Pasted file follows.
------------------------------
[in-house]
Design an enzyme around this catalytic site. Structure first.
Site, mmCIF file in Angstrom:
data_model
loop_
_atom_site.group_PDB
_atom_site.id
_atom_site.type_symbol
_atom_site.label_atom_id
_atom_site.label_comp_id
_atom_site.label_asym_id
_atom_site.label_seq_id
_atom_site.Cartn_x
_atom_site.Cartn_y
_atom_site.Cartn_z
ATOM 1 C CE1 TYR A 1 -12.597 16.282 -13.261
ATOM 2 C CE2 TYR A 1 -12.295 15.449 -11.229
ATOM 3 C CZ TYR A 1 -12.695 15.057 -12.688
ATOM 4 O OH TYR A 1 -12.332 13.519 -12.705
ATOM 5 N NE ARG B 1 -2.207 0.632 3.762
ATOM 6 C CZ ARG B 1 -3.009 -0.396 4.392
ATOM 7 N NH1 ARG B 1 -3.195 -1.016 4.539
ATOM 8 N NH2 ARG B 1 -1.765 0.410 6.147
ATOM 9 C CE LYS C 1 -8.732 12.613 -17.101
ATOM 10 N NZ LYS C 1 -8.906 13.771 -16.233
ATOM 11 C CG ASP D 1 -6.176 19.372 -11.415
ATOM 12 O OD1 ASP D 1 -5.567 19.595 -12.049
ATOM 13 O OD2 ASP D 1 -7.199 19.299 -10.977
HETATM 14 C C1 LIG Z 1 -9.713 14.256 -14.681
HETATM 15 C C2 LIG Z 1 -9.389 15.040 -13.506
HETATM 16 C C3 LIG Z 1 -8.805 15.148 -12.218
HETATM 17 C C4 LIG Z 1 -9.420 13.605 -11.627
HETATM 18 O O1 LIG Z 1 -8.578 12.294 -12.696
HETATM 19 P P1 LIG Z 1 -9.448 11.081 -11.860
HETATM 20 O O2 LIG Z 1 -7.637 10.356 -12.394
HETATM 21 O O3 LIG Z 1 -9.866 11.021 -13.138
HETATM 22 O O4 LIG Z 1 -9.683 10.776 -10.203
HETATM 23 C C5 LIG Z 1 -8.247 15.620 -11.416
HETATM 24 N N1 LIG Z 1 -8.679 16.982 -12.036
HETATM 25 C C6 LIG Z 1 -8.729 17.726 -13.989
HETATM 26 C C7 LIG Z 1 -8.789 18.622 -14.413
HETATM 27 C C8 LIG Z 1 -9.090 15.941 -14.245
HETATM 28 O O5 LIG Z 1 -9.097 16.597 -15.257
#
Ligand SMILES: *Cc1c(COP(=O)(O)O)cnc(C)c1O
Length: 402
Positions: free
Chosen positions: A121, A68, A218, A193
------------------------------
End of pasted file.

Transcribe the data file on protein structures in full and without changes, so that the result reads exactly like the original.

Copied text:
[in-house]
Design an enzyme around this catalytic site. Structure first.
Site, mmCIF file in Angstrom:
data_model
loop_
_atom_site.group_PDB
_atom_site.id
_atom_site.type_symbol
_atom_site.label_atom_id
_atom_site.label_comp_id
_atom_site.label_asym_id
_atom_site.label_seq_id
_atom_site.Cartn_x
_atom_site.Cartn_y
_atom_site.Cartn_z
ATOM 1 C CE1 TYR A 1 -12.597 16.282 -13.261
ATOM 2 C CE2 TYR A 1 -12.295 15.449 -11.229
ATOM 3 C CZ TYR A 1 -12.695 15.057 -12.688
ATOM 4 O OH TYR A 1 -12.332 13.519 -12.705
ATOM 5 N NE ARG B 1 -2.207 0.632 3.762
ATOM 6 C CZ ARG B 1 -3.009 -0.396 4.392
ATOM 7 N NH1 ARG B 1 -3.195 -1.016 4.539
ATOM 8 N NH2 ARG B 1 -1.765 0.410 6.147
ATOM 9 C CE LYS C 1 -8.732 12.613 -17.101
ATOM 10 N NZ LYS C 1 -8.906 13.771 -16.233
ATOM 11 C CG ASP D 1 -6.176 19.372 -11.415
ATOM 12 O OD1 ASP D 1 -5.567 19.595 -12.049
ATOM 13 O OD2 ASP D 1 -7.199 19.299 -10.977
HETATM 14 C C1 LIG Z 1 -9.713 14.256 -14.681
HETATM 15 C C2 LIG Z 1 -9.389 15.040 -13.506
HETATM 16 C C3 LIG Z 1 -8.805 15.148 -12.218
HETATM 17 C C4 LIG Z 1 -9.420 13.605 -11.627
HETATM 18 O O1 LIG Z 1 -8.578 12.294 -12.696
HETATM 19 P P1 LIG Z 1 -9.448 11.081 -11.860
HETATM 20 O O2 LIG Z 1 -7.637 10.356 -12.394
HETATM 21 O O3 LIG Z 1 -9.866 11.021 -13.138
HETATM 22 O O4 LIG Z 1 -9.683 10.776 -10.203
HETATM 23 C C5 LIG Z 1 -8.247 15.620 -11.416
HETATM 24 N N1 LIG Z 1 -8.679 16.982 -12.036
HETATM 25 C C6 LIG Z 1 -8.729 17.726 -13.989
HETATM 26 C C7 LIG Z 1 -8.789 18.622 -14.413
HETATM 27 C C8 LIG Z 1 -9.090 15.941 -14.245
HETATM 28 O O5 LIG Z 1 -9.097 16.597 -15.257
#
Ligand SMILES: *Cc1c(COP(=O)(O)O)cnc(C)c1O
Length: 402
Positions: free
Chosen positions: A121, A68, A218, A193